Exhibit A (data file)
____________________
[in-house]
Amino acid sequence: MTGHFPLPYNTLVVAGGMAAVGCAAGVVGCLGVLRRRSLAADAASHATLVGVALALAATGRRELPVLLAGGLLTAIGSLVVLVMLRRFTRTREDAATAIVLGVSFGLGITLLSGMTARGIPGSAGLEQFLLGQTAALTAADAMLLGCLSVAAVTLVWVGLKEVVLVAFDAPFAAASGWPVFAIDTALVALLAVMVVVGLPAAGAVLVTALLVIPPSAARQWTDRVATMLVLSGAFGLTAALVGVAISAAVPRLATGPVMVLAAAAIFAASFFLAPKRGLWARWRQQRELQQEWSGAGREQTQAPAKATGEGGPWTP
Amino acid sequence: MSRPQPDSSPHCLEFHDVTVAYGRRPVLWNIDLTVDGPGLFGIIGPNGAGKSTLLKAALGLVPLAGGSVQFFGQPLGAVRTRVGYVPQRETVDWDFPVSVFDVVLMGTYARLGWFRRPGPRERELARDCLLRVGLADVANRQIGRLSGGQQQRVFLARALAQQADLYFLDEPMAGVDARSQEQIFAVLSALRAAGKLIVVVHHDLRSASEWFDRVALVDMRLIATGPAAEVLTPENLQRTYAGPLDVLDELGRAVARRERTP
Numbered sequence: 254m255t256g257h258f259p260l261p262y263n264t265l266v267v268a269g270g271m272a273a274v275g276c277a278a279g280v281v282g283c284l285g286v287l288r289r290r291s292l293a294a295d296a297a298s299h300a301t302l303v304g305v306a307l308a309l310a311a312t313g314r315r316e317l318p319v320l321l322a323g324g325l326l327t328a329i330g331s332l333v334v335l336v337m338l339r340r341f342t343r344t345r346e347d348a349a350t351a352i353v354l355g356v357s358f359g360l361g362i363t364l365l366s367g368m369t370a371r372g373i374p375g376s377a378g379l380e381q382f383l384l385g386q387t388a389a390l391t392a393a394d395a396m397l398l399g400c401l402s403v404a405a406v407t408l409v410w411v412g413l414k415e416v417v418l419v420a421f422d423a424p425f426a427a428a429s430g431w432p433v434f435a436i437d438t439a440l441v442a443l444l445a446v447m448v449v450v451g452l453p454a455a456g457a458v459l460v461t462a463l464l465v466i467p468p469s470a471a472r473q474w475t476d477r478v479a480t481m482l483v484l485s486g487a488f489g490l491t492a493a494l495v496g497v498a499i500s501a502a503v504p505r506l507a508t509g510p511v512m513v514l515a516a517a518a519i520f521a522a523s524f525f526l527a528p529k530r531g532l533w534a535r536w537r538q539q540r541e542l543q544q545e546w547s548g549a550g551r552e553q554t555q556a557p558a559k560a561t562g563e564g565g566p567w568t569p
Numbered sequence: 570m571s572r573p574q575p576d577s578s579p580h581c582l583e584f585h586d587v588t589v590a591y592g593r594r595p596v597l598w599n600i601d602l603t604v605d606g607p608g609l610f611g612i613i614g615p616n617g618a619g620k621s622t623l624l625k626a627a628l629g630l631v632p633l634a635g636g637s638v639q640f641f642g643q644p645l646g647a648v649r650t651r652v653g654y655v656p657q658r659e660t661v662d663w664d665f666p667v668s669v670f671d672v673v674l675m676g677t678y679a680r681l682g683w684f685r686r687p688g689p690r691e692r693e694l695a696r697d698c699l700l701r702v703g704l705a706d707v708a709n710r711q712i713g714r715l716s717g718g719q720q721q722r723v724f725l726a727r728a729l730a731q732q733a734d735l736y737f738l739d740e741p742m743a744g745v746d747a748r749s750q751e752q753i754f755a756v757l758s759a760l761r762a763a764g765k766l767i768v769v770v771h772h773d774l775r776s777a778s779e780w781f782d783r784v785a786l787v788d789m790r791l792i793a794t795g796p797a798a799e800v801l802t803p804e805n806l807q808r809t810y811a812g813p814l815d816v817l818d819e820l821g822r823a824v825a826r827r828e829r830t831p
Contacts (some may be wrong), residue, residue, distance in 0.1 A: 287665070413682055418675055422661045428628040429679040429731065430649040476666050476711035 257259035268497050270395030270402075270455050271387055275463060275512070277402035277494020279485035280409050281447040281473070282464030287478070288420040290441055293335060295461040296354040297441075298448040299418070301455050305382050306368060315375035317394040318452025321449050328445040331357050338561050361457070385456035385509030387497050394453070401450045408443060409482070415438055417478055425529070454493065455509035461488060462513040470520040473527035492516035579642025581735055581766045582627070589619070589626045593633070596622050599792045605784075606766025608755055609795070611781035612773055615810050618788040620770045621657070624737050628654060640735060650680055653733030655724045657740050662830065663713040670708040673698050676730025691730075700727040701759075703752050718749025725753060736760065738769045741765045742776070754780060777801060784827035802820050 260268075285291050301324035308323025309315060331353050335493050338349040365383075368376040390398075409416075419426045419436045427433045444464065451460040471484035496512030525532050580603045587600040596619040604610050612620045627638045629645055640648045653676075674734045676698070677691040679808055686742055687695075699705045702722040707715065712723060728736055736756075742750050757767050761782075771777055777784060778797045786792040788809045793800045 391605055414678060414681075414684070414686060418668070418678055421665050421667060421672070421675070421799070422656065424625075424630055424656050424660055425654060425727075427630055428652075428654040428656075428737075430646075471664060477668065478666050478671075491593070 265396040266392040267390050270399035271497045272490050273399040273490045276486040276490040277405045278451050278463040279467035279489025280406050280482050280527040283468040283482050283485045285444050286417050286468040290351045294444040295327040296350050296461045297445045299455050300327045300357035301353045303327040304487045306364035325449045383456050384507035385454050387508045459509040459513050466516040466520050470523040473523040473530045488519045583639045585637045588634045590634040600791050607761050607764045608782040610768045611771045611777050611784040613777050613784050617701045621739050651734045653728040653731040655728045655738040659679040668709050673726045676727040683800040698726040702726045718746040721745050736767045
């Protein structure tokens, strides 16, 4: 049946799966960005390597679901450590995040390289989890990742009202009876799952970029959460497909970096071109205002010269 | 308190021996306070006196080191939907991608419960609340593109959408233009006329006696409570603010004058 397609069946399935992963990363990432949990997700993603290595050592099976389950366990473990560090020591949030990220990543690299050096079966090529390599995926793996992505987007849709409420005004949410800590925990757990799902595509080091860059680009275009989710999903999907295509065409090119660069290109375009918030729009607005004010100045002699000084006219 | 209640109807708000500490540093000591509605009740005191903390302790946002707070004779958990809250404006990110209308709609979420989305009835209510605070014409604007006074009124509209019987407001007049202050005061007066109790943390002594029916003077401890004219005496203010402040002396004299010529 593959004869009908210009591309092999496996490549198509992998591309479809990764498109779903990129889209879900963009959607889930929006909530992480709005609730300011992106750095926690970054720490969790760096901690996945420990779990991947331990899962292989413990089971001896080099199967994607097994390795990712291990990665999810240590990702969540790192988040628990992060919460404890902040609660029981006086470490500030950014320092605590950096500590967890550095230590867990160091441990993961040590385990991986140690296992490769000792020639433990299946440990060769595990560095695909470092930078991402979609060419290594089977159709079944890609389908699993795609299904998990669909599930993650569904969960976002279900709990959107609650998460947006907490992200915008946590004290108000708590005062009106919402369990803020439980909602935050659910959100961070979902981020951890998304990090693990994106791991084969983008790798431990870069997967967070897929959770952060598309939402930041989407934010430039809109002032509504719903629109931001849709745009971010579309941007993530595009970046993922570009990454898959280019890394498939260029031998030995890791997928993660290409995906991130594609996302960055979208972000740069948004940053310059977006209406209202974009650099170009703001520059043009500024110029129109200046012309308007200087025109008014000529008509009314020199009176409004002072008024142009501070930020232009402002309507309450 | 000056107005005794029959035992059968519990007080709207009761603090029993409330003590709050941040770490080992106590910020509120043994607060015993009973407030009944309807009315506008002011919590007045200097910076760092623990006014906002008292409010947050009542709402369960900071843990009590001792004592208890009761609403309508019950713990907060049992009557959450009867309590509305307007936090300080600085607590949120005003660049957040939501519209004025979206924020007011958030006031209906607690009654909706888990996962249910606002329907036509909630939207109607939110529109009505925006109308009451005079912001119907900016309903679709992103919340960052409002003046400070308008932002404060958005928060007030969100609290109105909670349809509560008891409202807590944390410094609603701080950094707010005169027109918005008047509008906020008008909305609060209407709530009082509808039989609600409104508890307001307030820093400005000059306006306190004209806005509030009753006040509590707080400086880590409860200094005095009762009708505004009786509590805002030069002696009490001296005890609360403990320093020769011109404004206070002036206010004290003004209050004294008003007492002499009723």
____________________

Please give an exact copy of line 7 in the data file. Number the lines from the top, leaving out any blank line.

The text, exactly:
């Protein structure tokens, strides 16, 4: 049946799966960005390597679901450590995040390289989890990742009202009876799952970029959460497909970096071109205002010269 | 308190021996306070006196080191939907991608419960609340593109959408233009006329006696409570603010004058 397609069946399935992963990363990432949990997700993603290595050592099976389950366990473990560090020591949030990220990543690299050096079966090529390599995926793996992505987007849709409420005004949410800590925990757990799902595509080091860059680009275009989710999903999907295509065409090119660069290109375009918030729009607005004010100045002699000084006219 | 209640109807708000500490540093000591509605009740005191903390302790946002707070004779958990809250404006990110209308709609979420989305009835209510605070014409604007006074009124509209019987407001007049202050005061007066109790943390002594029916003077401890004219005496203010402040002396004299010529 593959004869009908210009591309092999496996490549198509992998591309479809990764498109779903990129889209879900963009959607889930929006909530992480709005609730300011992106750095926690970054720490969790760096901690996945420990779990991947331990899962292989413990089971001896080099199967994607097994390795990712291990990665999810240590990702969540790192988040628990992060919460404890902040609660029981006086470490500030950014320092605590950096500590967890550095230590867990160091441990993961040590385990991986140690296992490769000792020639433990299946440990060769595990560095695909470092930078991402979609060419290594089977159709079944890609389908699993795609299904998990669909599930993650569904969960976002279900709990959107609650998460947006907490992200915008946590004290108000708590005062009106919402369990803020439980909602935050659910959100961070979902981020951890998304990090693990994106791991084969983008790798431990870069997967967070897929959770952060598309939402930041989407934010430039809109002032509504719903629109931001849709745009971010579309941007993530595009970046993922570009990454898959280019890394498939260029031998030995890791997928993660290409995906991130594609996302960055979208972000740069948004940053310059977006209406209202974009650099170009703001520059043009500024110029129109200046012309308007200087025109008014000529008509009314020199009176409004002072008024142009501070930020232009402002309507309450 | 000056107005005794029959035992059968519990007080709207009761603090029993409330003590709050941040770490080992106590910020509120043994607060015993009973407030009944309807009315506008002011919590007045200097910076760092623990006014906002008292409010947050009542709402369960900071843990009590001792004592208890009761609403309508019950713990907060049992009557959450009867309590509305307007936090300080600085607590949120005003660049957040939501519209004025979206924020007011958030006031209906607690009654909706888990996962249910606002329907036509909630939207109607939110529109009505925006109308009451005079912001119907900016309903679709992103919340960052409002003046400070308008932002404060958005928060007030969100609290109105909670349809509560008891409202807590944390410094609603701080950094707010005169027109918005008047509008906020008008909305609060209407709530009082509808039989609600409104508890307001307030820093400005000059306006306190004209806005509030009753006040509590707080400086880590409860200094005095009762009708505004009786509590805002030069002696009490001296005890609360403990320093020769011109404004206070002036206010004290003004209050004294008003007492002499009723």